Beware of Work From Home Job Scams
The pandemic has forced many employees to work from home. As companies get comfortable with remote workers, the market is offering more work from home job opportunities. This changing hiring landscape will help many job seekers, but it also provides fraudsters a chance to take advantage of people. If you're job hunting in this new environment, how do you know if a job posting for a remote position is legitimate?
The Federal Trade Commission shared a video with things to look out for. We’ve highlighted some of their suggestions below.
Research the Company
If you saw a job posting on social media or a job board, do some searching to learn more about the business. Can you find their website? Is the job posted there, too? If not, consider giving them a call to confirm that they are hiring.
Does the business website seem real, or like it was created overnight? Look for consistencies in design and remember that red flags include typos or messaging that doesn’t quite make sense.
Can you find anything about the company elsewhere on the internet? Look for reviews of the product or services they provide as well as reviews from current or former employees.
Upfront Fees are a Scam
This is probably the biggest red flag. If a job offer is legitimate, they will NEVER ask for you to pay for anything – background check, travel, equipment, or otherwise. While you may have to provide bank account information for direct deposit, that will come after the hiring process is 100% complete and you are an employee.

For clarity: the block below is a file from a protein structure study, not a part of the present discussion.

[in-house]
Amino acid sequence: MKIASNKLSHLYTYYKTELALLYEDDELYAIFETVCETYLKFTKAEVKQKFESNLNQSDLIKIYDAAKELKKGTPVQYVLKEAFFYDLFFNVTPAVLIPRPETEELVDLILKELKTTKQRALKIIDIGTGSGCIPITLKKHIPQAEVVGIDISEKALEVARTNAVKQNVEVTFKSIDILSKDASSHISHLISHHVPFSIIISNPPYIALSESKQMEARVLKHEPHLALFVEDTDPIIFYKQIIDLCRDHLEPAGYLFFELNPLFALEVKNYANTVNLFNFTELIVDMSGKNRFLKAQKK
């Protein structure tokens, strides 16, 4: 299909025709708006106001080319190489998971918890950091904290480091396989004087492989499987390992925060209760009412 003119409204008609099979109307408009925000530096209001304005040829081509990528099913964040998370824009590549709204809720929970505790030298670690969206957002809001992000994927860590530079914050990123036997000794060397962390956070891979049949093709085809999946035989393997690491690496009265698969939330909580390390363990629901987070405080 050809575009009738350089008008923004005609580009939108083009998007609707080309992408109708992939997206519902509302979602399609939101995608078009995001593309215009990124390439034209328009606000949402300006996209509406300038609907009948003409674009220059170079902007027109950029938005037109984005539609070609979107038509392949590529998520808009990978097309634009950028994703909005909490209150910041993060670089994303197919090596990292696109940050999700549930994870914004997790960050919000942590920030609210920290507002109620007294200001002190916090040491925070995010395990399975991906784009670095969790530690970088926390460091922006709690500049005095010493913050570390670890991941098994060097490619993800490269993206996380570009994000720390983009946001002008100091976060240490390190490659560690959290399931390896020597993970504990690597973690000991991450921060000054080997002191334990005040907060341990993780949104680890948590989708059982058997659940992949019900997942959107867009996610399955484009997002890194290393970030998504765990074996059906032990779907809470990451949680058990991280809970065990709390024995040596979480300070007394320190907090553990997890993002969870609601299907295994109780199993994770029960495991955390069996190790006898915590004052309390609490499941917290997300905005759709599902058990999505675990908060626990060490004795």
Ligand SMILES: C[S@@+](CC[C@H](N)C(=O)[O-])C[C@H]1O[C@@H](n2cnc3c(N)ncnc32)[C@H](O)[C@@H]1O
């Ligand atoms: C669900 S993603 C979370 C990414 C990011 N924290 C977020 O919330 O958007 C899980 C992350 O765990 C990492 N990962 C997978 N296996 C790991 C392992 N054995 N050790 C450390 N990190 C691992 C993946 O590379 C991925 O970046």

You should never have to provide credit or debit card information. If a company representative requests something that seems out of line, ask the purpose of providing the information. Even if they “compromise” and say you don’t have to provide credit card info or pay fees, pay attention to those red flags. They may try to charge you later or dock your pay for these fees that were previously waived.
Overpayment is a Red Flag
Sometimes scammers aren’t necessarily trying to steal YOUR money; they’re trying to launder THEIR money. This means that they are trying to cover up the original source of the funds. You may get hired for a job, do the work, and get paid – only you were paid too much and suddenly need to return a portion of the payment.
By having you send money back, they can now attribute those payments to you if they are audited. If this happens to you, decline the request to send money back and break ties with this company. If they have your personal information and you’re concerned about retribution, contact your bank and the credit bureaus to alert them to the scam. You may also consider reporting the company to the Better Business Bureau and Federal Trade Commission.
Just for the record, accidents DO happen, and overpayments are possible! A legitimate company would talk to you about the overpayment and negotiate a way for the extra payment amount to be noted and docked from a future paycheck. Still, if this becomes a regular occurrence, it’s a red flag.
If you have any doubts about a job listing, trust your intuition. Ask for advice from friends or family, and see what they think about the company’s credibility. Above all else, when there are red flags, let the opportunity go and keep looking for the right job for you! Check out our other fraud resources for more on protecting yourself from scams.